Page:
Yesterday marked three weeks since we said our final goodbye at your funeral. I miss you. I miss your voice. Throughout my day there are those moments when it hits me, I will never see you again. I will never talk to you again. I will never get to hug you again, hear you laugh, see you smile. And when it hits me it is like a punch in the gut.
I started going to a support group dad. Survivors of Suicide, that is what we are called now. I shake my head in shock and disbelief simply at the words, at the very notion that we can call ourselves that. But we do.
When I sit in that room, surrounded by others who have lost a loved one to suicide, I find some comfort. The comfort of being among people who know, truly know, the loss, the pain, the struggle, the sadness and the shock of losing someone who mattered so deeply to them, to mental illness & suicide. It helps me to know that the things I am feeling, experiencing are “normal”, if one can truly call any of this “normal.” I suppose it is our “new normal.”
I cry a lot, I sit and listen, and I get to talk about what I am feeling with no guard up, no need to soften or hide the rawness of my grief. Most people don’t like to witness grief in it’s rawest form, it makes them uncomfortable. But there, among my fellow survivors, my grief can come out unfiltered.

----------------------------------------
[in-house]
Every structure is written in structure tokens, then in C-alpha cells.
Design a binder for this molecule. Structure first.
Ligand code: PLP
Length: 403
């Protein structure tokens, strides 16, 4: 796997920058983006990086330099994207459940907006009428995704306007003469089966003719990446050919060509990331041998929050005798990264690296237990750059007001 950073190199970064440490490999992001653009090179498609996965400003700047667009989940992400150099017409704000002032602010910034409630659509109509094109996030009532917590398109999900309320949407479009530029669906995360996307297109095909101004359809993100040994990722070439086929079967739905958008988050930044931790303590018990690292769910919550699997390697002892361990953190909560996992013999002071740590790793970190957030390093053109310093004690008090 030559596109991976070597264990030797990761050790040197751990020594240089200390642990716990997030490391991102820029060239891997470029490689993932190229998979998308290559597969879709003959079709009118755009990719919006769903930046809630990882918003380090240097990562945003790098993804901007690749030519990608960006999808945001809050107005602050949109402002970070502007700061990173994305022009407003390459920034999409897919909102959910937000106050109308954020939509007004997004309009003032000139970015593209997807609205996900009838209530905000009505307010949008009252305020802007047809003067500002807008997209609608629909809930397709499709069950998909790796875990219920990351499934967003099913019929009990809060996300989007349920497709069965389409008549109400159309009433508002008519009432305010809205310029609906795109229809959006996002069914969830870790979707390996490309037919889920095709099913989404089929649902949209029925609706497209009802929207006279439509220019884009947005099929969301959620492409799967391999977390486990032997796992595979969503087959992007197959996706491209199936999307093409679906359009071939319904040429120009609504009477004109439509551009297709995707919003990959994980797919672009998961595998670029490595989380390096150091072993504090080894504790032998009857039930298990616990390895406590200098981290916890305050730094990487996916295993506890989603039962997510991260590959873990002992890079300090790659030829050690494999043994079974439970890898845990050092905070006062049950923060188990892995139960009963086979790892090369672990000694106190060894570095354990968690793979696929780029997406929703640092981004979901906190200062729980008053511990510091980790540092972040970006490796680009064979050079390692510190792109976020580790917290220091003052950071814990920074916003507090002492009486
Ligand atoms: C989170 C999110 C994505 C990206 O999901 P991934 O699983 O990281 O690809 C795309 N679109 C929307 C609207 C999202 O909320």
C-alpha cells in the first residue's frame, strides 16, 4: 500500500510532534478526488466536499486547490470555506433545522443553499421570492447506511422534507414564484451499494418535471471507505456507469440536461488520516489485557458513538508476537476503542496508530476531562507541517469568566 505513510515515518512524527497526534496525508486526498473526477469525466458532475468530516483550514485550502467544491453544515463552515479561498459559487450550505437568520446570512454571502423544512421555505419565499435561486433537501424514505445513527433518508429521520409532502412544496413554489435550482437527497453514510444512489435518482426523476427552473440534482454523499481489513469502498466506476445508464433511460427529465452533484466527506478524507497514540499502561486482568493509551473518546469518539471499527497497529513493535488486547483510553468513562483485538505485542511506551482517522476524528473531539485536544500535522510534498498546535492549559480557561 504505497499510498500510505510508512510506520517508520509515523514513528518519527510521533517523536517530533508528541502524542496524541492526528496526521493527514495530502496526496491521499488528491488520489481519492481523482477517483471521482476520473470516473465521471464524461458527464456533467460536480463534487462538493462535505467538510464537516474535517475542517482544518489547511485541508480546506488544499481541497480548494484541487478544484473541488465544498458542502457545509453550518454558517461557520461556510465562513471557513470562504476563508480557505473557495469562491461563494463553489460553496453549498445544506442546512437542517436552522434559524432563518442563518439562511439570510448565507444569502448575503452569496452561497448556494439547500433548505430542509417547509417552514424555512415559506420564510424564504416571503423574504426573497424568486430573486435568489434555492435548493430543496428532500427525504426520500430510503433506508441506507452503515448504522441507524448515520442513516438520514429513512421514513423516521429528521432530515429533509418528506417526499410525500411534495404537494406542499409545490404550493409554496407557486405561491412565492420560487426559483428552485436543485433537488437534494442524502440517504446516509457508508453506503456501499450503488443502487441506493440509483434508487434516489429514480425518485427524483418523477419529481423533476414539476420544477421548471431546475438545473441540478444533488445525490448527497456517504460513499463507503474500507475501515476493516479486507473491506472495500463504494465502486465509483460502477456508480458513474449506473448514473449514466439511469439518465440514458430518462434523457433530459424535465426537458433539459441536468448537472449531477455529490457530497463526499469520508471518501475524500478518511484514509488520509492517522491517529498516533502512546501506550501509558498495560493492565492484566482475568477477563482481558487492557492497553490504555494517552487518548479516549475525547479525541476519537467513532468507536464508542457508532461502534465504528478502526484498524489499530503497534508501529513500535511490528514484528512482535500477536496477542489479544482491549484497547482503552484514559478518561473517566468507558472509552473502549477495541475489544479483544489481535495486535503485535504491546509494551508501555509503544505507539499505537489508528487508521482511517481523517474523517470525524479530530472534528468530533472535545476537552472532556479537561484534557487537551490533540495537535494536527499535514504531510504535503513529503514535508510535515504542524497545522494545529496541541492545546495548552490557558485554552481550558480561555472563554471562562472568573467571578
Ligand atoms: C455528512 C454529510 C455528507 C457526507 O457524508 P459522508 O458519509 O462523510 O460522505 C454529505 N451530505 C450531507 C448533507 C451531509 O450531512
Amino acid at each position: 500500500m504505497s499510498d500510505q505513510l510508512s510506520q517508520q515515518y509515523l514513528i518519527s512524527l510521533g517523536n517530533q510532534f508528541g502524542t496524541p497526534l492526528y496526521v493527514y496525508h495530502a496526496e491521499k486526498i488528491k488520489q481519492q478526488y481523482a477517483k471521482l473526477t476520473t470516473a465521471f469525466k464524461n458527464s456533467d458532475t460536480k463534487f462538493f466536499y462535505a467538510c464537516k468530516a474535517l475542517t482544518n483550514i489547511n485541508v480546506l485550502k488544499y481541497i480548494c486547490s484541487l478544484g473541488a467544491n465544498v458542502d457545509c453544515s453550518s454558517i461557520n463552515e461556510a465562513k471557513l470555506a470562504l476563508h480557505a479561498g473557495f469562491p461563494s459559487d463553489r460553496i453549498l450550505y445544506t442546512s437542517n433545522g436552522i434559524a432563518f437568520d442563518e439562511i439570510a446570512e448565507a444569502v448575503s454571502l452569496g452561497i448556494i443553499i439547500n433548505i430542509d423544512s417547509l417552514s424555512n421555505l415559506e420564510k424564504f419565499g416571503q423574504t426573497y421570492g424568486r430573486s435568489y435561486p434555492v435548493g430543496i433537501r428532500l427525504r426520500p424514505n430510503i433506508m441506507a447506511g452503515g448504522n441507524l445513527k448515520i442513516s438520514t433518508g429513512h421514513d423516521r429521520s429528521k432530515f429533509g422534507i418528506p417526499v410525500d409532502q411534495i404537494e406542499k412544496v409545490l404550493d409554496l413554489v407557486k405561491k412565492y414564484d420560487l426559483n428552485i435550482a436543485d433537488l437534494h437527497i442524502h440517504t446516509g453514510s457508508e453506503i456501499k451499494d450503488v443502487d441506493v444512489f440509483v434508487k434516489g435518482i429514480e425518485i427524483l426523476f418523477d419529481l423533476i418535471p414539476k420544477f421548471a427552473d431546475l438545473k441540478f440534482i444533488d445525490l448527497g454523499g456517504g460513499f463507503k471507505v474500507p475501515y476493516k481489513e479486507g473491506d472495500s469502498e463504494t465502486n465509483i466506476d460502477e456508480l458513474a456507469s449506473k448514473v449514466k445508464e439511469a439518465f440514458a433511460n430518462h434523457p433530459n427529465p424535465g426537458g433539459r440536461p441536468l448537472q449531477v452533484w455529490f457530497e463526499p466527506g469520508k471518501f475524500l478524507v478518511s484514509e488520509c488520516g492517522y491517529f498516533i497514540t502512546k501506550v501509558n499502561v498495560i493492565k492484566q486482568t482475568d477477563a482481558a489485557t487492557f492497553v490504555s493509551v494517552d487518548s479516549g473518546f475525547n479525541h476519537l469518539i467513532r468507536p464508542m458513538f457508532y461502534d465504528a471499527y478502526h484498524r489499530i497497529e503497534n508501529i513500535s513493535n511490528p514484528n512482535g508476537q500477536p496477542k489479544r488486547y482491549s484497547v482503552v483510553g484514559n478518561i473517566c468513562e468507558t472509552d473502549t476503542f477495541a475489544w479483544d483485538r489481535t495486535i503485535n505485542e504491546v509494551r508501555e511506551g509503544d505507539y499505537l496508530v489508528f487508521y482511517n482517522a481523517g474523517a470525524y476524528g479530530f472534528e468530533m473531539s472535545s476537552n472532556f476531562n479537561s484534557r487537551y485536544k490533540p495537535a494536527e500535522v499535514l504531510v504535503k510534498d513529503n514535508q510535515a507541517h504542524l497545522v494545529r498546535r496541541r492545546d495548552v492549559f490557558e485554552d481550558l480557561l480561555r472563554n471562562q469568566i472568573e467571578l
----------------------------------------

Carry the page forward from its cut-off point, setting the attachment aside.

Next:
Dad, I read a quote from Anderson Cooper that said, “That is the thing about suicide, try as you might to remember how a person lived his life, you always end up thinking about how he ended it.” I hope that’s not true Dad. I truly do. But, here’s the thing… right now, it is. It is the truth I confront daily and it’s hard dad, so very, very fucking hard.
I need to tell you something dad. The hardest piece for me in this last week, has been this…
Your last months on this earth were not happy ones. Yes, you had moments of happiness, but they did not linger. You were struggling, suffering. You died sad daddy. There was no last fantastic & happy hurrah for us to savor. It had been a long time since we’d seen you smile, since we heard joy or even contentment in your voice.
You died alone dad. I struggle with that so much. There was no one there to hold your hand. There was no one there to wipe your tears. There was no one there to tell you not to be afraid.
You died with no goodbyes. No final moments for us to tell you we love you.
That is the part that cuts me the deepest as the shock wears off dad. You were in emotional pain, you died alone, and we did not get to say goodbye.
And dad, here is one more of the most difficult truths I grapple with. I know your death was not a peaceful one.
So dad, I hope Anderson Cooper isn’t right. I hope in time, I’ll be able to think of you and reflect on happier times. I believe that if I travel through this grief openly & honestly, hard as it is (and it is fucking hard dad) I’ll find that in time, happier thoughts come to mind. That I’ll begin to smile through the tears, and even be able to smile without them when I think of the journey we shared, the lessons we learned, the hardships we endured, the battles we fought and above all…. the love we shared as father & daughter.
I miss you dad. I miss you so fucking much. And I hate the way you died… I just hate it.
You deserved so much more than that. We all did.